Alexey Gromov, Principal Director on Energy Studies of the Institute for Energy and Finance, commented to the Izvestia Internet portal on the initiative of Serbia and Hungary to build an oil pipeline to receive Russian oil.
It is increasingly difficult for Serbia to remain in the position of a country that is neutral in relation to the West and Russia. Belgrade failed to achieve an exception from the eighth EU sanctions package and has to look for new ways to deliver Russian oil. One of them is the continuation of the Druzhba pipeline from Hungary. However, the European Commission warns that they will not allow the re-export of fuel.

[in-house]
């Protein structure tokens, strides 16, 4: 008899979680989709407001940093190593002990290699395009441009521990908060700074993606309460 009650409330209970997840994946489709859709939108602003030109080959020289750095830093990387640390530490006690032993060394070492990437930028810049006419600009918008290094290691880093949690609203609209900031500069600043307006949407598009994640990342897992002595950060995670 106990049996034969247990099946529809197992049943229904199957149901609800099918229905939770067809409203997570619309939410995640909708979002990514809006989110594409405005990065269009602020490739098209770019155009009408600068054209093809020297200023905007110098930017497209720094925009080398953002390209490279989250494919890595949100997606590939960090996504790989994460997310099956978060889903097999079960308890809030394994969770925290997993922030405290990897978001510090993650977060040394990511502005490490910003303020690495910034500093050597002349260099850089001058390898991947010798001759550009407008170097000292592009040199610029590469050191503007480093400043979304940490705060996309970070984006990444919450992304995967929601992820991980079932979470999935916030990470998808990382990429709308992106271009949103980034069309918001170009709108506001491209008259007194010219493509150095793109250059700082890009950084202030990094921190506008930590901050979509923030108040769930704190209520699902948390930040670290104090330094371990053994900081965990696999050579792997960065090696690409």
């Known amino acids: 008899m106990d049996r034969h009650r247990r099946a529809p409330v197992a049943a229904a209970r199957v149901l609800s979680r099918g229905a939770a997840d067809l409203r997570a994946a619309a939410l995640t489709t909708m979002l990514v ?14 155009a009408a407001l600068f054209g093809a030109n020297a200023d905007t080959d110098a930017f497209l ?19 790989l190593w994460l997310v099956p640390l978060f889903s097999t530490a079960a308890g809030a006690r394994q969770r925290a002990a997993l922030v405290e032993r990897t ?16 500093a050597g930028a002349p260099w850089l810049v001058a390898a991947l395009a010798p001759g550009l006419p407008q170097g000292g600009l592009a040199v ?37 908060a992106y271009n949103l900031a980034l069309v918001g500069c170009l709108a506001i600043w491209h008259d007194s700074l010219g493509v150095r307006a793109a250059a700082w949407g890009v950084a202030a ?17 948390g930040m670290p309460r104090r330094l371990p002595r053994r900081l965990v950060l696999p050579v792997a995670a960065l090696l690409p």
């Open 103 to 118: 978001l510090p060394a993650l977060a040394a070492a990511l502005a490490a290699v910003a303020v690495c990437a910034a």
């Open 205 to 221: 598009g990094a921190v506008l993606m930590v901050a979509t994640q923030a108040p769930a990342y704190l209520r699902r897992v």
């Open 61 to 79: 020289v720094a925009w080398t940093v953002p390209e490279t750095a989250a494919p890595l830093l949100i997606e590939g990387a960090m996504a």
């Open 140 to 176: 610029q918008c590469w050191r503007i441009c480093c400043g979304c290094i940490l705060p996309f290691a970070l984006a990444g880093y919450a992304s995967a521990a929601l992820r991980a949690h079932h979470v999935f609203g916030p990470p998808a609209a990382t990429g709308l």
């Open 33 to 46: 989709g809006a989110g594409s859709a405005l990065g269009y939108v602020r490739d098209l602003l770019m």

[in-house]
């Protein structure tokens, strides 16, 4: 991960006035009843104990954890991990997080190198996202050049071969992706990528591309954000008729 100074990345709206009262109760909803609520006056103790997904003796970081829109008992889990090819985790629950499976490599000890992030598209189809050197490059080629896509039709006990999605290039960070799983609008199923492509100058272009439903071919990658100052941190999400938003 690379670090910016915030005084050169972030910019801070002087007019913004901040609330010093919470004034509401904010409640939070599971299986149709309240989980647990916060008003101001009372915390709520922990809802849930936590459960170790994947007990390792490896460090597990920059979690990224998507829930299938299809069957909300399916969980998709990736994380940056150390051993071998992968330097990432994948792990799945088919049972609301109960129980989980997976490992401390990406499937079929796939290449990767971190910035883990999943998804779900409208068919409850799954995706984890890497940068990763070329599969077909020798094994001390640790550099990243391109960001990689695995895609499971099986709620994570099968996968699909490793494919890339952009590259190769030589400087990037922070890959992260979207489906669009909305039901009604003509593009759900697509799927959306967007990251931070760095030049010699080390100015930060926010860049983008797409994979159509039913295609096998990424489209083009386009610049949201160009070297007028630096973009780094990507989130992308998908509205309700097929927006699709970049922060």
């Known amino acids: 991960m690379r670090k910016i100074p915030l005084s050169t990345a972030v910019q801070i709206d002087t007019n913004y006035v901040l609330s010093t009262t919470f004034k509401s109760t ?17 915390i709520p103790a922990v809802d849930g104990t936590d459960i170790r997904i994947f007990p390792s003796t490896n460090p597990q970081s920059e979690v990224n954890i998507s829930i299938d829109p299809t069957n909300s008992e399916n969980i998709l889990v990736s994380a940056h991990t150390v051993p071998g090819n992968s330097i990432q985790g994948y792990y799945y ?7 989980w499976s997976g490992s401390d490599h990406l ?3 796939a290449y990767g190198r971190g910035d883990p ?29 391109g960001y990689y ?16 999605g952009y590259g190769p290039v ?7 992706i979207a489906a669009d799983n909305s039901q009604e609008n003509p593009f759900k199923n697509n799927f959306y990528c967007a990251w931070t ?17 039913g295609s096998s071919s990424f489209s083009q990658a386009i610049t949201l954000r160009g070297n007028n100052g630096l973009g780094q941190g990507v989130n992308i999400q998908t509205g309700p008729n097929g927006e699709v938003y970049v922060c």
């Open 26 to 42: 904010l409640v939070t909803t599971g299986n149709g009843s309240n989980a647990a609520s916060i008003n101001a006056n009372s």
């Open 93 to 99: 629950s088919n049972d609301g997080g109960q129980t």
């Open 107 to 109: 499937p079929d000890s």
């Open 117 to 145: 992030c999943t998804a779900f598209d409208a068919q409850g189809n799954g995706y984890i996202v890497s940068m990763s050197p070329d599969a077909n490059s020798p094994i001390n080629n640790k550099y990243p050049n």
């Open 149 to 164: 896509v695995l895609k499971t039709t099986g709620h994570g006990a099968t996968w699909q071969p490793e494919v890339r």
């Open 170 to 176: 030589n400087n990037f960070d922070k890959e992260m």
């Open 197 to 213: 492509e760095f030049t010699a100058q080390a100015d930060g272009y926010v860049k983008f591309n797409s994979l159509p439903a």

The bilateral agreement between Hungary and Serbia does not yet mean that the project will be implemented. The objections of the European Commission will at least slow down the process, Alexey Gromov notes.
— Perhaps the project will face a number of insurmountable obstacles. The European Commission has broad powers in the energy sector. And the decisions taken by the EU countries on a bilateral basis require coordination. Budapest will probably try to clarify the positions of the parties. If the situation reaches an impasse, Hungary can make a political decision - Viktor Orban often pursues independent politics - but the price for Hungary may be too high, Gromov says.
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